Thursday, June 07, 2007

May Update

Ark Okahandja
May began with a continuation of the kid’s holidays, and after the second week of holidays the schools of Namibia decided that 4 weeks wasn’t enough, so they added an extra week, making it a 5 week holiday! Most of the children went on holiday with extended family; some were able to go to a camp and some on a school choir trip during the 5 weeks. The girls who didn’t get to family during the holiday came to visit Auntie Charlene for a week! It was a busy but fun week with Francina, Tuuliki, Selma and Emily. Trevor went and spent a few days at the Ark with the boys. School went back on the 28th of May.
The staff at the Ark is doing well. Auntie Leila is back from her maternity leave (she was always around, just not responsible to do anything but bond with the new babe). Uncle Lazarus felt a little lost without Pete, but Charlene filled in where she could during the time Pete was in Oshikuku. Pelgrina who teaches the Choose to Wait program has not been doing well physically. She has AIDS and struggles from time to time with different health issues.
We welcomed 2 new volunteers this month. Joanne from the USA and Mari from Japan have joined us for short term. Joanne for 8 weeks and Mari for 6 months, Joanne has been helping with Care & Compassion and Mari with the children and will try each of the ministries to see which one fits for her. We also had a large team from Ireland come and spend some time here in Okahandja. They blessed the people beyond measure, with their time, talents and finances! A 7 member team from the USA arrived the end of the month and will spend a week joining in with each of the 3 ministries of the Ark. This team comes from Table Rock Church which almost fully funds the Ark Okahandja each month!
Walter, the National Director spent the month in Kenya at a Directors training.

Winter has come to Namibia!
I thought I would explain why the SNOWFLAKES in the newsletter this month. The cold weather has arrived EARLY this year! I have been thinking about how to explain how cold I mean… it is like camping in the late fall in Canada… bone chilling comes to mind! I wear a toque to bed! No… really… I do. We sleep on the floor (since our beds are still in Angola) and so it gets very cold on the cement floors, although thankfully we have a thin layer of carpet to keep the ice from forming! HA!
There’s no central heating in the houses so the cement houses feel chilly all day and really cold at night… the people in community who live in tin shacks are either freezing at night or roasting in the daytime!
I am writing this at 10 AM and it is 15 Celsius in the house… I would guess in the night we are getting down below 10 degrees! It usually doesn’t get this cold until July/August, so we are feeling the chill early this year.

Pete’s Ministry
This month Pete spent a great deal of his time with Joe up in Oshikuku or on the road (to and from). They managed to get a lot of work done tiling the Ark. Of course, Joe was able to see first hand some of the “GREAT” frustrations we encounter on an almost daily basis here in Africa, and I think he left with a better understanding of things and will probably read between the lines in our newsletters from now on! Pete sure enjoyed having Joe around this month; we wished he could stay longer!
The beginning of the month began with CHI prayer and fasting which Pete was responsible to plan and run. He chose the theme, The Glory of God. The CHI staff and volunteers were very positive in their reviews of the 2 day program.
Pete also helped the Irish team get involved in Care & Compassion and Kids Club during their stay. This team left a lot of money behind for different people and ministries and since WINTER has come we were able to purchase some blankets and jackets for the ladies at 5 Rand in the C&C program! They were overjoyed and are now much warmer at night.
Pete lost his Bible the last week of May… he feels like someone who has lost an arm or leg. It has been a very difficult thing for him to handle, not only because it is marked and well read, but also because we cannot get this version here in Africa, and it is the version he has memorized from.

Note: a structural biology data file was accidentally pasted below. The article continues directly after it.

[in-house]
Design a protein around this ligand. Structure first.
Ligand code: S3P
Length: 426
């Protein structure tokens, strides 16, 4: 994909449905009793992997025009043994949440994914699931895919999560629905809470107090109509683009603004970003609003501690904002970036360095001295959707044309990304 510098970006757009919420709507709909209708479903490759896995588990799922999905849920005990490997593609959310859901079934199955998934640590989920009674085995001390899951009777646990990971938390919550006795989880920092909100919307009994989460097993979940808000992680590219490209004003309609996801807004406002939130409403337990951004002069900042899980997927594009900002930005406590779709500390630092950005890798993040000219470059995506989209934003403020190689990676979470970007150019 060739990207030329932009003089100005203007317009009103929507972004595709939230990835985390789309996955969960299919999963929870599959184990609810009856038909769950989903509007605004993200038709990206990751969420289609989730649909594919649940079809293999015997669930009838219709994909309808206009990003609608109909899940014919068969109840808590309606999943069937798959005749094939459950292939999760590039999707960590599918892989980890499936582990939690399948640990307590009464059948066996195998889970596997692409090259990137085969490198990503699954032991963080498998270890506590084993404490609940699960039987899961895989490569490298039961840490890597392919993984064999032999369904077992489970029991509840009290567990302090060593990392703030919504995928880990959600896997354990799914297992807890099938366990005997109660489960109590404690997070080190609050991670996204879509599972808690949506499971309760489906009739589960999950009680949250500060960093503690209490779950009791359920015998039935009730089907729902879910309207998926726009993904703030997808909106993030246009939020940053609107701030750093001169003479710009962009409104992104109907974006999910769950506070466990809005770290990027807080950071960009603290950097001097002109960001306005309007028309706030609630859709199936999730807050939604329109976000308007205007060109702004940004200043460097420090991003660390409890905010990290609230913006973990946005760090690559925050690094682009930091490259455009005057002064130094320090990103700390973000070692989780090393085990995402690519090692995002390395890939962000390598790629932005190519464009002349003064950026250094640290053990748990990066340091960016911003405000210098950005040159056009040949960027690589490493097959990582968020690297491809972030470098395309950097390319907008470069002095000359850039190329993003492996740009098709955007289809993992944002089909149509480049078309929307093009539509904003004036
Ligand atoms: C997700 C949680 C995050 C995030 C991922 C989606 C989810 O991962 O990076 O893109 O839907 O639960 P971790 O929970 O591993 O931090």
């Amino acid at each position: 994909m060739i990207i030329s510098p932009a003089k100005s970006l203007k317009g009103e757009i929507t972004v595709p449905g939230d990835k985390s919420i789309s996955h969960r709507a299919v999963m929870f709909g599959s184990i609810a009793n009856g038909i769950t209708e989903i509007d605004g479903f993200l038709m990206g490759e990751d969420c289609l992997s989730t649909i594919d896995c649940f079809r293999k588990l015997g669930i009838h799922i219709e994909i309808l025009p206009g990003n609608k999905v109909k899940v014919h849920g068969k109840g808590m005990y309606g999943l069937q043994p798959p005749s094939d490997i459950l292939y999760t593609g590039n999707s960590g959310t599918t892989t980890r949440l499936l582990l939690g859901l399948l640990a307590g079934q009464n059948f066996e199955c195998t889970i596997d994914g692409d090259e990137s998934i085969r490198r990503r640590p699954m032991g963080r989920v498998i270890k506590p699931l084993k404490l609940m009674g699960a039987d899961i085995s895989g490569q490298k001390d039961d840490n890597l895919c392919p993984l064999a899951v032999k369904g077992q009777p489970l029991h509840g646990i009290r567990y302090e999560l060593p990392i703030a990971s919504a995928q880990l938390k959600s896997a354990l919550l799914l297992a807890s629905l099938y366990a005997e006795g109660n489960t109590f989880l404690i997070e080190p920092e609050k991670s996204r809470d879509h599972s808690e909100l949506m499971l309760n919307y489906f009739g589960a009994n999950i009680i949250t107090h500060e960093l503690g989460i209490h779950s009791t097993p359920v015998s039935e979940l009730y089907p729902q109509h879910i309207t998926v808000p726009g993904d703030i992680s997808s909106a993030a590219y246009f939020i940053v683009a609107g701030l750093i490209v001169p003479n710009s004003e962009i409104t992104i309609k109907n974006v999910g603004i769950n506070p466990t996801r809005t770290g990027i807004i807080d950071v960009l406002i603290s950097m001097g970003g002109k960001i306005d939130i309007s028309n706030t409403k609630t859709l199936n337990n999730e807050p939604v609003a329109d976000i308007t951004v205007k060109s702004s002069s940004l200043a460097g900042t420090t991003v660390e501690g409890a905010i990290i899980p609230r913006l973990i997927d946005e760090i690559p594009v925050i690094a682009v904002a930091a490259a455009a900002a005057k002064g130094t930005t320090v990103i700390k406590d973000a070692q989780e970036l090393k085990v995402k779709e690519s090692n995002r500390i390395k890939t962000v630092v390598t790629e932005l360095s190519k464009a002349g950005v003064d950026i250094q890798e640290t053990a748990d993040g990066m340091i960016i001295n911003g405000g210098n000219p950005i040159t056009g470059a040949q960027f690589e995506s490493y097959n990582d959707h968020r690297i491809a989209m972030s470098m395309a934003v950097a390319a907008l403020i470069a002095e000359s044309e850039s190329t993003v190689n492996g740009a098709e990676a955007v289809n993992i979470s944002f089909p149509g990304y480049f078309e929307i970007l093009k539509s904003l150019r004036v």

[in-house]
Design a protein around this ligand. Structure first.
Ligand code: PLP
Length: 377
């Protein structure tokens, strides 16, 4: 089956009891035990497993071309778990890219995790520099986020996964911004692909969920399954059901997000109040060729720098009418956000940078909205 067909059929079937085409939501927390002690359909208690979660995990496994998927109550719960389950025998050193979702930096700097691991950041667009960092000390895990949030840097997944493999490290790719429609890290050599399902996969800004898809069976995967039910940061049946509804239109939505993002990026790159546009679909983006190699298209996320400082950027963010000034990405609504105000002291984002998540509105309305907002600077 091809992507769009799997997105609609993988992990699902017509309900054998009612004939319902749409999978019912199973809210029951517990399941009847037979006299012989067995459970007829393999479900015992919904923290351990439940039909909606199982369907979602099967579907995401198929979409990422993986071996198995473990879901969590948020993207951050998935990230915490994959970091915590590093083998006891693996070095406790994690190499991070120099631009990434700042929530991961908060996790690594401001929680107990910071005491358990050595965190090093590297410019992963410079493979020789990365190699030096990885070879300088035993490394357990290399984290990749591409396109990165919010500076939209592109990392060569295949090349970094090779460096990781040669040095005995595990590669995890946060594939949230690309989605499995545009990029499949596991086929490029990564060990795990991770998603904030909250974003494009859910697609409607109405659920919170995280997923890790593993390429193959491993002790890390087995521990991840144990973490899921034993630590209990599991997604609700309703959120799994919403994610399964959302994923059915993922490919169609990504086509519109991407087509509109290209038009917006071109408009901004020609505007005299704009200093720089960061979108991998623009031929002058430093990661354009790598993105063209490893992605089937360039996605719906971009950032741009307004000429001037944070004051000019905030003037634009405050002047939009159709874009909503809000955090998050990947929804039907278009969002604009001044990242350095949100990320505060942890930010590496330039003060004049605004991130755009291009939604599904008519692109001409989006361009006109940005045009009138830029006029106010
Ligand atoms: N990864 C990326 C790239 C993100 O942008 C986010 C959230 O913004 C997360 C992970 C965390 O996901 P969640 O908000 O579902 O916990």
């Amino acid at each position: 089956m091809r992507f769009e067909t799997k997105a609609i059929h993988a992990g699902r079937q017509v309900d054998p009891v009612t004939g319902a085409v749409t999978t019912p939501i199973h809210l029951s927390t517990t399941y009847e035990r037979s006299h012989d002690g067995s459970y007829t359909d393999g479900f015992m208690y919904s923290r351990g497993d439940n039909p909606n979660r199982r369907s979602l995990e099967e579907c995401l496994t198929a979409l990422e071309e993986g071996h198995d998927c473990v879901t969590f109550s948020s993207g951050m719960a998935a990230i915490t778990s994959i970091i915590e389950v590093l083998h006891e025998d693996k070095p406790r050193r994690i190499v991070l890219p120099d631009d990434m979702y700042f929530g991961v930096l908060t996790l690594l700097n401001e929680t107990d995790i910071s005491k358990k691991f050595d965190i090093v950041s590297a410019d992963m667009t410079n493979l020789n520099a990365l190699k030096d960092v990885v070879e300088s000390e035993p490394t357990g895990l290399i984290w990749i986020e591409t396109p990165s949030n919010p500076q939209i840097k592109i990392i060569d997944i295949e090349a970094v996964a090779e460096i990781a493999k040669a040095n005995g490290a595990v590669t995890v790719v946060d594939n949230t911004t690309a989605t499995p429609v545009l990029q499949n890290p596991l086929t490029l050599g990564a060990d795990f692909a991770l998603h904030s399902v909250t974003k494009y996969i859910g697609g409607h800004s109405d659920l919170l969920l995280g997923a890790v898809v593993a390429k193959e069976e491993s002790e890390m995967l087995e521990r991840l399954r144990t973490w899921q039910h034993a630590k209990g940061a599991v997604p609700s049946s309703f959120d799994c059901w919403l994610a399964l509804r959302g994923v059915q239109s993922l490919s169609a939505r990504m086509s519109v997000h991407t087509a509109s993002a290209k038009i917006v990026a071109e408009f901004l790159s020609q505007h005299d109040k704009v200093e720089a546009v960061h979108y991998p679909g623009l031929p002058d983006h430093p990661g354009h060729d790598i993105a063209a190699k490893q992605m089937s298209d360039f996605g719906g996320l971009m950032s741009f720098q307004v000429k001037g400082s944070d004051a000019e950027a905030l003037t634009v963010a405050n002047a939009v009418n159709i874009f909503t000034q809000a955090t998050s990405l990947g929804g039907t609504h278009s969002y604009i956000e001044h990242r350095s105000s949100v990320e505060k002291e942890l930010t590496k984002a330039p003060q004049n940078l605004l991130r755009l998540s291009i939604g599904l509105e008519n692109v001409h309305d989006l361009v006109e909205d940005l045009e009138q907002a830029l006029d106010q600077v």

Joe arrived April 28 and went home May 26. He showered our family with lots of goodies… the kids were especially excited (from the sugar high), and Pete was thrilled with his new watch and Leatherman! Joe spent most of his time in Oshikuku working on the Ark. He also went to C&C at 5 Rand a few times. He helped cut some branches off of one of the trees at the Ark… with his Leatherman, and he also fixed a door there. He fixed our door too, now we keep slamming it, as we were used to having to ‘drag’ it closed!
Kelly and Dakotah arrived on the bus at 4 AM on May 7. Kelly attended the prayer and fasting day with us, she shared what was going on with CHI Zimbabwe. During the week we traveled to the Cheetah reserve north of Otjiwarongo (where they have the ‘best’ pizza). We had a flat tire on the way, which Kelly and Trevor replaced with the donut tire. As the tire was being replaced we ate pizza! The next day we traveled to Walvis Bay and stayed a wonderful guest house run by a generous Christian couple! We took the kids to the Dunes and after climbing to the top and rolling down Trevor negotiated with the Quad guy for an awesome rate… so the kids went Quading on the Dunes. The next day we spent at the ocean and the smaller dunes where the kids went dune boarding with their greased up boards. We had a great time visiting together and getting to know each other!
Joy from Florida arrived May 24 to be Matron of Honour at Buddy and Julia’s wedding. I personally enjoyed spending time with Joy and I wish they were still living here; I realized in her time here how much I missed having her around!
Jonathan arrived on May 30. He came on the bus from South Africa and arrived late at 6:30 AM in Windhoek (he was supposed to arrive at 5:45AM). He will be staying with us for 2 months and has already been getting involved with helping. The boys think he’s great!!

New House Help

Meagan gave up her job as our house help as Jenny needs the money to ‘survive’. Jenny is an excited newer believer with 2 children. Her little boy lives in Rundu with her mother, and Queen her 7 month old baby lives with her. Her husband died from TB before Queen was born (on the floor of her house here in Okahandja). Her son was also very sick with TB but was diagnosed correctly in time and was treated properly. I hired her for 3 hours a day but she stays for 6 to 8 and she loves to iron. With tears in her eyes she thanked me for hiring her… she said that now she can send money to help her son, her mother and her siblings. She has experienced many blessings in her life as she has remained faithful to God, and prayed to him for the things that she needs to live. You will hear more about Jenny in the days ahead, I will try to put something on the website soon sharing ‘her story’ and photos!

Charlene’s Ministry
This month has been extremely busy. With Pete gone for part of the month and people coming and going I have been kept going non-stop. I was trying to think of a job title for myself, I wanted something creative, but I haven’t had time to think… so here it goes… I am a HOLE FILLER! I have realized that there are those who dig the holes, those who supervise the work and those who fill them in again… I am the filler!